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: Bodhisattva Kshitigarbha (Jijang bosal)

Bodhisattva Kshitigarbha (Jijang bosal)

Hanging scroll
Historical period(s)
Late Goryeo period, Late 13th or early 14th century
Ink, color and gold on silk
H x W (overall): 200.7 x 72.4 cm (79 x 28 1/2 in) H x W (painting): 107.6 x 49.4 cm (42 3/8 x 19 7/16 in)
Credit Line
Anonymous gift
Arthur M. Sackler Gallery
Accession Number
The Buddhist diety known in Korean as Jijang, or in Sanskrit as Kshitigarbha, was a bodhisattva (enlightened being) revered for his merciful deliverance of living beings from the world of suffering. He was also believed to have the power to rescue those who were unjustly sentenced to hell.

Jijang is customarily portrayed, as in this painting, wearing the garments of a Buddhist monk. His sacred status is represented by a circular halo and the lotus-shaped pedestals on which he stands. In his left hand he holds a staff with six rings, which would announce, through their distinctive sound, the presence of a Buddhist priest; in his right hand he holds a circular gem, which has the power to grant wishes.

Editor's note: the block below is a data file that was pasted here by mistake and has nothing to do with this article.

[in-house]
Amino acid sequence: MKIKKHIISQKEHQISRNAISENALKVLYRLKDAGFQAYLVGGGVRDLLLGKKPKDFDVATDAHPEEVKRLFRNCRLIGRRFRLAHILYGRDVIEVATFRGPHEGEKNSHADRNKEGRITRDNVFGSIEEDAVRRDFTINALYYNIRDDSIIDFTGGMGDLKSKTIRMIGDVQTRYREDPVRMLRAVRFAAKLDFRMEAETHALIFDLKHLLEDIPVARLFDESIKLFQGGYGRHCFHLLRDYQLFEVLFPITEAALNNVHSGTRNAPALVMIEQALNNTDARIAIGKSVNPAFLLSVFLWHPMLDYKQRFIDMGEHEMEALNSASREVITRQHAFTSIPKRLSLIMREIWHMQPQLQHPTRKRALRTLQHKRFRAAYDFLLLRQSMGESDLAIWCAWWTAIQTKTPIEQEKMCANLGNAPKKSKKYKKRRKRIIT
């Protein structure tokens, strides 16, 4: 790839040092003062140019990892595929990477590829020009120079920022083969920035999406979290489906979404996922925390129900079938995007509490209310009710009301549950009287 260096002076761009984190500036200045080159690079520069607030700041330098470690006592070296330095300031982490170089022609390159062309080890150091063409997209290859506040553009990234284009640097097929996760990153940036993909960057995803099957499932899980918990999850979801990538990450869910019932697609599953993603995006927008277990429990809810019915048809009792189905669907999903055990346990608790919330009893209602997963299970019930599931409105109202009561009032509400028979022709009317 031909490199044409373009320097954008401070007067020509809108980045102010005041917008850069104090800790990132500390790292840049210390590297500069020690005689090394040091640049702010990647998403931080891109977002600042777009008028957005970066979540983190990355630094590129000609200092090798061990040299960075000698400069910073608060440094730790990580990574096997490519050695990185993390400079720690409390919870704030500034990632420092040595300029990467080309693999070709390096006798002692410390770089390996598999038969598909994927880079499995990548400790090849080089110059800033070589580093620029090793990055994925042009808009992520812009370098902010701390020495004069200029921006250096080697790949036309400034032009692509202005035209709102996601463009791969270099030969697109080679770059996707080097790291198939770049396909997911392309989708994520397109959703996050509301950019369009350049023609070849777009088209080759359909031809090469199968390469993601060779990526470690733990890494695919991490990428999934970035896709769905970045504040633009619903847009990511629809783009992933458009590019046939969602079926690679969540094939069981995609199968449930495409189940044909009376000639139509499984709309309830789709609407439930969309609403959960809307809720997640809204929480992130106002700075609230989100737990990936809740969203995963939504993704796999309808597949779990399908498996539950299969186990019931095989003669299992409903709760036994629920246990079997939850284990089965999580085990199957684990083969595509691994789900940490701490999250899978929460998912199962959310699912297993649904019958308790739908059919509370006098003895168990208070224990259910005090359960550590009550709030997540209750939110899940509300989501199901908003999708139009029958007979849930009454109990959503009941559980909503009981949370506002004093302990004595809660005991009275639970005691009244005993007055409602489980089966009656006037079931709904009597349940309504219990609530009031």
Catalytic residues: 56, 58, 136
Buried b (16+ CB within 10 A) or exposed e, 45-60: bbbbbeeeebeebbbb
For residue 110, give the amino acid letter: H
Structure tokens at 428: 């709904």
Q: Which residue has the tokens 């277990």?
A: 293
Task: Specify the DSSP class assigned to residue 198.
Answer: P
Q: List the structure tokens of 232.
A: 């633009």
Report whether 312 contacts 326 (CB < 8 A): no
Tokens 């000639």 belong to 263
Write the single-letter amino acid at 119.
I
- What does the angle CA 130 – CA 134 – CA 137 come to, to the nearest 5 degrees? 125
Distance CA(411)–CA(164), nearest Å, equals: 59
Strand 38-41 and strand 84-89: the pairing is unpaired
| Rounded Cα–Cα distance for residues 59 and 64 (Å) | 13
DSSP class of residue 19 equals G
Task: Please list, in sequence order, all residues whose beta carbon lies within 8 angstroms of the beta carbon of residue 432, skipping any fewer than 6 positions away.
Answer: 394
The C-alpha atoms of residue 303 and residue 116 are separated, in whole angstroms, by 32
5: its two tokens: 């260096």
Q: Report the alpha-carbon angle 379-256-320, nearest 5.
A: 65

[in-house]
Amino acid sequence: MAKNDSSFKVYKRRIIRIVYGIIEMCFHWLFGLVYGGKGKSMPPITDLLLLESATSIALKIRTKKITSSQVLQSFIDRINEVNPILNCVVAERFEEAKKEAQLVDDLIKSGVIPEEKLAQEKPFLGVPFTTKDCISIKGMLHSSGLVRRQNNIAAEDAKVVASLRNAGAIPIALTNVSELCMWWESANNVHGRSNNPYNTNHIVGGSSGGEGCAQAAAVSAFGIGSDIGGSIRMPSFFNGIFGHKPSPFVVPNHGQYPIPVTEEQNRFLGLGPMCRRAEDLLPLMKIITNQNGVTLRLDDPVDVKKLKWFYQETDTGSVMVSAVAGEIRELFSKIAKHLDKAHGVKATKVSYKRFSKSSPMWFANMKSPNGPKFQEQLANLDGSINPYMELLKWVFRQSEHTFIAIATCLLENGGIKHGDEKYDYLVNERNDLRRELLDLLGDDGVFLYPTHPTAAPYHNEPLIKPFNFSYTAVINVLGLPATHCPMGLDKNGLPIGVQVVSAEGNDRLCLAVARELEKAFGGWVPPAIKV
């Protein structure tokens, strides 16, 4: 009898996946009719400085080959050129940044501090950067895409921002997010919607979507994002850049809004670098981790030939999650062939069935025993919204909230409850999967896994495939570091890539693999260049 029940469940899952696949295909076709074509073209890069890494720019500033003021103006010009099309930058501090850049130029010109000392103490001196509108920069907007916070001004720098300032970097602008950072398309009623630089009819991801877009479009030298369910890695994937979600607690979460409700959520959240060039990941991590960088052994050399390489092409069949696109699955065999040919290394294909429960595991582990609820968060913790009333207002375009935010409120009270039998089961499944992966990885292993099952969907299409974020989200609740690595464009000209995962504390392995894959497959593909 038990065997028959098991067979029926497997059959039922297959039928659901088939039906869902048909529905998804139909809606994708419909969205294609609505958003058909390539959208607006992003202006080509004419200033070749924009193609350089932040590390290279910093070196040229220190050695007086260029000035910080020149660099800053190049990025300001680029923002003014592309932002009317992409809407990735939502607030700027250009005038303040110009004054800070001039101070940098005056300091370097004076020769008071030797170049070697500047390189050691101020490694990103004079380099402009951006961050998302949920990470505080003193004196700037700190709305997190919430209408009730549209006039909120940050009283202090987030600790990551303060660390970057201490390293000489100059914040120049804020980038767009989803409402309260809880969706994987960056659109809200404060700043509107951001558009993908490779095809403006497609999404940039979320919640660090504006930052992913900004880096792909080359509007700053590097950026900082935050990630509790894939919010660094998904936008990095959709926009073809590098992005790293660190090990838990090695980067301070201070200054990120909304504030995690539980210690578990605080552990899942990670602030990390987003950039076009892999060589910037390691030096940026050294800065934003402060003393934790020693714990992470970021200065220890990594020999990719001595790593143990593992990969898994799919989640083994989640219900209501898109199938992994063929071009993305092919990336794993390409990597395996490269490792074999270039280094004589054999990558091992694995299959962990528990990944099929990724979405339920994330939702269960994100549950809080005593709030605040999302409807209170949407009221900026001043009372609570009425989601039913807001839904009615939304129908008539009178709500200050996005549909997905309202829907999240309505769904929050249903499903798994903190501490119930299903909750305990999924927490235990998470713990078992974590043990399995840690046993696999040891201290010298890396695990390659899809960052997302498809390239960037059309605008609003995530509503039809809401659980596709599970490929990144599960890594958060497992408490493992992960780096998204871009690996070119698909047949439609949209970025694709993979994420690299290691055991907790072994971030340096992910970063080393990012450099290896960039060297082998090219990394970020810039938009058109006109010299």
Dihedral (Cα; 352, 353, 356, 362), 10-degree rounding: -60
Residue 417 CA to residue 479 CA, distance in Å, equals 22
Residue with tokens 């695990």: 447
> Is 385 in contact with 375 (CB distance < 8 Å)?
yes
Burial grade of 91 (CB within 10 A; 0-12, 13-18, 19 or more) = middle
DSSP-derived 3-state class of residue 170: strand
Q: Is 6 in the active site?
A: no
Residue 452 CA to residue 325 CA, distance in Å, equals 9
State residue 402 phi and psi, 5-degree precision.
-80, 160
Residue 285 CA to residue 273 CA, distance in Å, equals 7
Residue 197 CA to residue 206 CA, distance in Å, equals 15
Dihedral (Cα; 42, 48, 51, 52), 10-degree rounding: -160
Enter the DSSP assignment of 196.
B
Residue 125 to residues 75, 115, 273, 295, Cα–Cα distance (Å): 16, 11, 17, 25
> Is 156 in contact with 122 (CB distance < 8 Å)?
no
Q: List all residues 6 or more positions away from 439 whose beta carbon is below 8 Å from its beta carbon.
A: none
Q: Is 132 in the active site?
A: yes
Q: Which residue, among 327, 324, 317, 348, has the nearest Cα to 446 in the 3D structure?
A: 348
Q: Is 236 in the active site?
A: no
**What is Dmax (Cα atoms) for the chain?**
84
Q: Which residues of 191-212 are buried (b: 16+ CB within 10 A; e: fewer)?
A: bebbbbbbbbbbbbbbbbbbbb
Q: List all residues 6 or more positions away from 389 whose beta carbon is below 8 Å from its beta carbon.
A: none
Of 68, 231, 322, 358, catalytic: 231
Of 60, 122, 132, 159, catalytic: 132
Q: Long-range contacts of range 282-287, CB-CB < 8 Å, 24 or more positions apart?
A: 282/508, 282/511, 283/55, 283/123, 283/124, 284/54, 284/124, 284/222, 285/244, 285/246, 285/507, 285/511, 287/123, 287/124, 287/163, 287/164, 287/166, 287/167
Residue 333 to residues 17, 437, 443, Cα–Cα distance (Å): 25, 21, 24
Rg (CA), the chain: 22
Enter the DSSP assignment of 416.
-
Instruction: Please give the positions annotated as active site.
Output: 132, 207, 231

Korean Buddhist paintings reached a peak of refinement under the patronage of the kings of the Koryo Dynasty (918-1392). The richness and elegance typical of Koryo Buddhist paintings can be seen in Jijang's ornate robes, which are embellished with delicate patterns painted in gold.

Provenance information is currently unavailable
On View Location
Currently not on view
Buddhism, Goryeo period (918 - 1392), Ji-jang, Korea, WWII-era provenance
Collection(s) Area
Korean Art
Web Resource(s)
Google Cultural Institute

Rights Statement
Copyright with museum

The Freer|Sackler is closed for renovation and reinstallation. The popular exhibition Turquoise Mountain: Artists Transforming Afghanistan is still on view in the International Gallery. (Enter through the Ripley Center.) Join us for our reopening celebration on October 14–15, 2017.